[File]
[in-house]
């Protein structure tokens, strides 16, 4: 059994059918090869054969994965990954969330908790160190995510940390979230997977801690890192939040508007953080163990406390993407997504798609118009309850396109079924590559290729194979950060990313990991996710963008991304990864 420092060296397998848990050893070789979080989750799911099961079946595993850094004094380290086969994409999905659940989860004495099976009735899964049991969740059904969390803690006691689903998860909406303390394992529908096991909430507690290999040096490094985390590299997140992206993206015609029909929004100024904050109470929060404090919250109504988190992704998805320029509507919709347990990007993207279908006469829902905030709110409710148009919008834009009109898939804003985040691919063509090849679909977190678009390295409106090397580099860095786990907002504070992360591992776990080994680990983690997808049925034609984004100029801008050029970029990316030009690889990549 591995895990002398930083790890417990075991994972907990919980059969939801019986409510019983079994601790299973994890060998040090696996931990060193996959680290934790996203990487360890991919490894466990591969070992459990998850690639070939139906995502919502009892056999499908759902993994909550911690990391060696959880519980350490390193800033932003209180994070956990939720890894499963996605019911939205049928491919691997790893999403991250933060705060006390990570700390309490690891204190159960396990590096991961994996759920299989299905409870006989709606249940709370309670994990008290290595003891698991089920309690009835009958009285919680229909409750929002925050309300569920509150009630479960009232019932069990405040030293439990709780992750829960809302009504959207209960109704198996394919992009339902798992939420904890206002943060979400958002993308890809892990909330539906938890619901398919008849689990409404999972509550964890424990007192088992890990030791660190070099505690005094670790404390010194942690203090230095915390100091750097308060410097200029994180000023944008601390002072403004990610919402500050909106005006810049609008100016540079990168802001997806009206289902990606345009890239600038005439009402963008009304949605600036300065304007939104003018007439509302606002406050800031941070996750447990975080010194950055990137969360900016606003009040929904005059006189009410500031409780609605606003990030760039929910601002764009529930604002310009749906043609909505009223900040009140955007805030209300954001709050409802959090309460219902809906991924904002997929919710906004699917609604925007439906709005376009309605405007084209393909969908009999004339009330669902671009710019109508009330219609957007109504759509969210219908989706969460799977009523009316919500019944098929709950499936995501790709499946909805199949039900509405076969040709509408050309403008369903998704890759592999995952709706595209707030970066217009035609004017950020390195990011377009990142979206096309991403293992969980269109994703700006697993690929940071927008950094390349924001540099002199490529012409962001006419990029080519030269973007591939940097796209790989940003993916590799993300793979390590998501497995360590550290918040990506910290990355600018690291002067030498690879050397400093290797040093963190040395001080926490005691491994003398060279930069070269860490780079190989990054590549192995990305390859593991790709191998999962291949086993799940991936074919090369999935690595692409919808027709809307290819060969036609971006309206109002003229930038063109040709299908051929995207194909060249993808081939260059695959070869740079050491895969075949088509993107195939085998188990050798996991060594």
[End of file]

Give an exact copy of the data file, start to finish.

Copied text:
[in-house]
């Protein structure tokens, strides 16, 4: 059994059918090869054969994965990954969330908790160190995510940390979230997977801690890192939040508007953080163990406390993407997504798609118009309850396109079924590559290729194979950060990313990991996710963008991304990864 420092060296397998848990050893070789979080989750799911099961079946595993850094004094380290086969994409999905659940989860004495099976009735899964049991969740059904969390803690006691689903998860909406303390394992529908096991909430507690290999040096490094985390590299997140992206993206015609029909929004100024904050109470929060404090919250109504988190992704998805320029509507919709347990990007993207279908006469829902905030709110409710148009919008834009009109898939804003985040691919063509090849679909977190678009390295409106090397580099860095786990907002504070992360591992776990080994680990983690997808049925034609984004100029801008050029970029990316030009690889990549 591995895990002398930083790890417990075991994972907990919980059969939801019986409510019983079994601790299973994890060998040090696996931990060193996959680290934790996203990487360890991919490894466990591969070992459990998850690639070939139906995502919502009892056999499908759902993994909550911690990391060696959880519980350490390193800033932003209180994070956990939720890894499963996605019911939205049928491919691997790893999403991250933060705060006390990570700390309490690891204190159960396990590096991961994996759920299989299905409870006989709606249940709370309670994990008290290595003891698991089920309690009835009958009285919680229909409750929002925050309300569920509150009630479960009232019932069990405040030293439990709780992750829960809302009504959207209960109704198996394919992009339902798992939420904890206002943060979400958002993308890809892990909330539906938890619901398919008849689990409404999972509550964890424990007192088992890990030791660190070099505690005094670790404390010194942690203090230095915390100091750097308060410097200029994180000023944008601390002072403004990610919402500050909106005006810049609008100016540079990168802001997806009206289902990606345009890239600038005439009402963008009304949605600036300065304007939104003018007439509302606002406050800031941070996750447990975080010194950055990137969360900016606003009040929904005059006189009410500031409780609605606003990030760039929910601002764009529930604002310009749906043609909505009223900040009140955007805030209300954001709050409802959090309460219902809906991924904002997929919710906004699917609604925007439906709005376009309605405007084209393909969908009999004339009330669902671009710019109508009330219609957007109504759509969210219908989706969460799977009523009316919500019944098929709950499936995501790709499946909805199949039900509405076969040709509408050309403008369903998704890759592999995952709706595209707030970066217009035609004017950020390195990011377009990142979206096309991403293992969980269109994703700006697993690929940071927008950094390349924001540099002199490529012409962001006419990029080519030269973007591939940097796209790989940003993916590799993300793979390590998501497995360590550290918040990506910290990355600018690291002067030498690879050397400093290797040093963190040395001080926490005691491994003398060279930069070269860490780079190989990054590549192995990305390859593991790709191998999962291949086993799940991936074919090369999935690595692409919808027709809307290819060969036609971006309206109002003229930038063109040709299908051929995207194909060249993808081939260059695959070869740079050491895969075949088509993107195939085998188990050798996991060594």